|Publication number||US7607952 B2|
|Application number||US 11/748,610|
|Publication date||Oct 27, 2009|
|Priority date||May 15, 2007|
|Also published as||US20080286992|
|Publication number||11748610, 748610, US 7607952 B2, US 7607952B2, US-B2-7607952, US7607952 B2, US7607952B2|
|Original Assignee||Fci Americas Technology, Inc.|
|Export Citation||BiBTeX, EndNote, RefMan|
|Patent Citations (21), Referenced by (17), Classifications (8), Legal Events (5)|
|External Links: USPTO, USPTO Assignment, Espacenet|
The subject matter disclosed and claimed herein is related to the subject matter disclosed and claimed in U.S. patent application Ser. No. 11/748,596, filed May 15, 2007 now U.S. Pat. No. 7,527,532 which issued on May 5, 2009.
Compressible electrically conductive contacts are well known for use in applications such as for battery connectors in cell phones. Typically, such contacts are compressible upon insertion of the battery into a battery compartment, between the compressible contact on one end and a complementary, usually non-compressible, contact at the other end, thereby ensuring good electrical contact at both ends of the battery.
Such compressible electrical contacts may be stamped from a sheet of electrically conductive material. As stamped, the contacts may have a corrugated (or spring like) portion that may create a normal force on an end of the battery. Such corrugated portions, however, typically have a cross-sectional area that is equal to the width of the sheet from which the contacts are stamped. For this reason, the contacts may not be robust enough to handle sufficient current to continually operate the device reliably at full power. For example, cell phones may require about 2 to about 4 volts and about 100 to about 400 milliamps.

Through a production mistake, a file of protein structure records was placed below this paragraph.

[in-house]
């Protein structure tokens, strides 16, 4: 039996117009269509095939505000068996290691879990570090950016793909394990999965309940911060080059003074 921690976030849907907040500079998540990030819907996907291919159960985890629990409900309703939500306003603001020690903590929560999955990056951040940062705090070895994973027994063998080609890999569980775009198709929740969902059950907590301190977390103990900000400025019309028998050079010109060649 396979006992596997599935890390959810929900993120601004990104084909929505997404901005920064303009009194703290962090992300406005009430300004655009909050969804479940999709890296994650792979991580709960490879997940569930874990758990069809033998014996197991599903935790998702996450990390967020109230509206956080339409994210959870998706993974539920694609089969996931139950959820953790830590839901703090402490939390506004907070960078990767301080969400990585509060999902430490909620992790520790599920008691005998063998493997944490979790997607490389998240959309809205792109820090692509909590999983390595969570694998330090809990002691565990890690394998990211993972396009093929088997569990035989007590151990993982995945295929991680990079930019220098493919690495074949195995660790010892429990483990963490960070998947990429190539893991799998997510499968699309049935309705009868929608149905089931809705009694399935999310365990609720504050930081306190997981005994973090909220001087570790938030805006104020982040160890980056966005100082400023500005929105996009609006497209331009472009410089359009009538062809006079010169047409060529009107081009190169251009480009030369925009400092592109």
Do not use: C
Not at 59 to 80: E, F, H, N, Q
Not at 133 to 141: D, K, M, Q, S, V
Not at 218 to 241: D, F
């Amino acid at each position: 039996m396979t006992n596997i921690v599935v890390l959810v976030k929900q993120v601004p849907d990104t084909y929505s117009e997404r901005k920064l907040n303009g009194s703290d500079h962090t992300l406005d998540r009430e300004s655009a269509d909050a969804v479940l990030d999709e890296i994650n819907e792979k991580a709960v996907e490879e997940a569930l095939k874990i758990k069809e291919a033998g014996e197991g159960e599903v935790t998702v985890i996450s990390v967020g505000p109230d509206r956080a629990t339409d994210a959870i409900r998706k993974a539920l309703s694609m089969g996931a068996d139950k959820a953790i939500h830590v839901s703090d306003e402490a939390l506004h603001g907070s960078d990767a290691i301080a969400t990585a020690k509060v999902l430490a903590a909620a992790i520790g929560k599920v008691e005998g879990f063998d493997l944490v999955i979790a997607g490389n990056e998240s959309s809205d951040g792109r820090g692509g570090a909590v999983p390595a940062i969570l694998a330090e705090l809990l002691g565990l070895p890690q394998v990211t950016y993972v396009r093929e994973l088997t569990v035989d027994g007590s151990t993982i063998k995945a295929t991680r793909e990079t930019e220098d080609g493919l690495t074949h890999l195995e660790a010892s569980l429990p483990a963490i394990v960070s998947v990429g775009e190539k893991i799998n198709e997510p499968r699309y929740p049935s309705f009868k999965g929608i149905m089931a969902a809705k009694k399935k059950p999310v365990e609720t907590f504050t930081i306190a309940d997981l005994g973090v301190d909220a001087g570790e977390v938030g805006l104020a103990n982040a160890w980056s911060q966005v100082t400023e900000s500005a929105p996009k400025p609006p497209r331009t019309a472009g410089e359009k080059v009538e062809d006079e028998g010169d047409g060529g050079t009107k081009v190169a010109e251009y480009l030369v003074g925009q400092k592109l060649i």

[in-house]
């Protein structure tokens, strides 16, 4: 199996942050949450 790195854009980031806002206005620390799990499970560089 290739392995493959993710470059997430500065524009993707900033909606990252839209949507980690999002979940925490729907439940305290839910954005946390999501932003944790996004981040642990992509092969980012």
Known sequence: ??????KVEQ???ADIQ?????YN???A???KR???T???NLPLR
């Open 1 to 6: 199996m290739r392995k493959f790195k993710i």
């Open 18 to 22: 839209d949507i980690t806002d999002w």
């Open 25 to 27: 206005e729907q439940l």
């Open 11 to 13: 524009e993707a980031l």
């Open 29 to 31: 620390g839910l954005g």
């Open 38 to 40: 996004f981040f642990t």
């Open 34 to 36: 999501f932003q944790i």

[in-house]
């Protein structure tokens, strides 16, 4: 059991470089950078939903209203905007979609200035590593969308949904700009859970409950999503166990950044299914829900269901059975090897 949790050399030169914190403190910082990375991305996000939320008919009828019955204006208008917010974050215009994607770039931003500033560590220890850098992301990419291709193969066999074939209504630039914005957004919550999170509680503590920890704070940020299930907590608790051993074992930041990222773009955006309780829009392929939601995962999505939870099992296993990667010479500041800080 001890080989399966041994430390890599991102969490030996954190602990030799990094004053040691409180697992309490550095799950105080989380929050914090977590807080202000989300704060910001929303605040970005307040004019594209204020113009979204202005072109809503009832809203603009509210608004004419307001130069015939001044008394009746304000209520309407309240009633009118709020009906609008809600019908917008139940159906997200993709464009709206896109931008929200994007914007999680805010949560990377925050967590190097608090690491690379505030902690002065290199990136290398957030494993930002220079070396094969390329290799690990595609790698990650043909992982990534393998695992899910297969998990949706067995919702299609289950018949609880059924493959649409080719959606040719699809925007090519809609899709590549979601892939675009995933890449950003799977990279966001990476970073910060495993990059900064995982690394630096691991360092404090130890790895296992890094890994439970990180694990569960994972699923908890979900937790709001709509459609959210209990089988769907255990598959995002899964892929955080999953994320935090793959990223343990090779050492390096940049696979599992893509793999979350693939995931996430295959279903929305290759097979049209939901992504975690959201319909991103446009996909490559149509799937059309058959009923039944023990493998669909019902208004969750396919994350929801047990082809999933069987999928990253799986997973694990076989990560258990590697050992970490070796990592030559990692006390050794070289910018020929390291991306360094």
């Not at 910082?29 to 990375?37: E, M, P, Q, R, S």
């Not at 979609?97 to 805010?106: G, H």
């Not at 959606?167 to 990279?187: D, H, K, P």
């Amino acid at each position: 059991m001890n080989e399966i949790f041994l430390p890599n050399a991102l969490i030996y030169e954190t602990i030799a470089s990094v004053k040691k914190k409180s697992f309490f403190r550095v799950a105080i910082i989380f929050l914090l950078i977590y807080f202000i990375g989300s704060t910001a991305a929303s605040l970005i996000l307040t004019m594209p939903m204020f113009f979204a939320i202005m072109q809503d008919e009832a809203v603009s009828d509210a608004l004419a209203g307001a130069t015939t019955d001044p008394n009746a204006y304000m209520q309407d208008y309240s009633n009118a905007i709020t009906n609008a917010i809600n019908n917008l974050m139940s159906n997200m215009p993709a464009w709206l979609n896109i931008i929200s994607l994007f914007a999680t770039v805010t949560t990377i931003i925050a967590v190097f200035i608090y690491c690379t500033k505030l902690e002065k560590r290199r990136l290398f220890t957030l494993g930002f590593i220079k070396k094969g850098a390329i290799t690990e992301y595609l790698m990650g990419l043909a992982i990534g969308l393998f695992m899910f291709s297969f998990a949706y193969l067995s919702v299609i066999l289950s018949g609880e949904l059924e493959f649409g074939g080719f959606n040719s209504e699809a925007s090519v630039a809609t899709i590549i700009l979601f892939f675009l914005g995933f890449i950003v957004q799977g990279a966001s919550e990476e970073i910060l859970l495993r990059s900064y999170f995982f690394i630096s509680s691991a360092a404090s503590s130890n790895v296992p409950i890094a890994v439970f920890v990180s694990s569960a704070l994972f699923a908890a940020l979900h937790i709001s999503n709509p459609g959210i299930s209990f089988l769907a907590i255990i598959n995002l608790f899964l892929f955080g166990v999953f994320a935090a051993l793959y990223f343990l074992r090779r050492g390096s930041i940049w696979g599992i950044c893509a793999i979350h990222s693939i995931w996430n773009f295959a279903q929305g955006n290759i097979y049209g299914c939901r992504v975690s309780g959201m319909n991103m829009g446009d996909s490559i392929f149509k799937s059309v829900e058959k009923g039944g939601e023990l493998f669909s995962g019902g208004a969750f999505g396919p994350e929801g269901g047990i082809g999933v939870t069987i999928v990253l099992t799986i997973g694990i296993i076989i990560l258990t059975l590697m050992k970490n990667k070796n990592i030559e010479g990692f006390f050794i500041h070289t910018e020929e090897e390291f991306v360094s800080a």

Additionally, because the battery may be repeatedly inserted and removed from the connector compartment, the contacts may tend to lose their ability to maintain sufficient normal force on the battery. That is, permanent set may occur in the contacts, thereby reducing the original normal force capabilities of the contacts. Accordingly, there is a need for a compression contact that is capable of lower contact resistance, while maintaining such normal forces on the batteries even after several uses.
Disclosed herein are compression contacts that are capable of lower contact resistance and are better adapted to maintain normal forces on the batteries after several uses. Such a contact may be manufactured from a sheet of electrically conductive material. The contact may include a tail portion, a nose portion, and a corrugated portion. The corrugated portion defines a first surface, and a second surface opposite the first surface. The first and second surfaces may have a width that is defined by the thickness of the sheet from which the contact is stamped. The corrugated portion also defines a third surface extending between the first and second surfaces, and a fourth surface, opposite the third surface, also extending between the first and second surfaces. The contact may be folded along the third and fourth surfaces to form the corrugations. The tail portion may extend from a first end of the corrugated portion. The nose portion may extend from an opposite end of the corrugated portion. In such a compression contact, the corrugated portion may maintain at least a minimum normal force even after several uses, and may be capable of lower contact resistance.
Methods for making such compression contacts are also disclosed. The contacts may be stamped from a sheet of electrically conductive material. After a specifically shaped piece has been stamped, the corrugated portion may be formed. The corrugated portion may be folded along the third and fourth surfaces to form the corrugations. The tail portion may be formed near a first end of the corrugated portion and the nose portion may be formed near the opposite end of the corrugated portion.
The tail portion 22 may include an upper portion 34, a transition portion 38, and a lower portion 42. The upper portion 34, transition portion 38, and lower portion 42 of the tail portion 22 may combine to create a mounting surface for the contact 10. The lower portion 42 of the tail portion 22 may extend away from the nose portion 14 as depicted in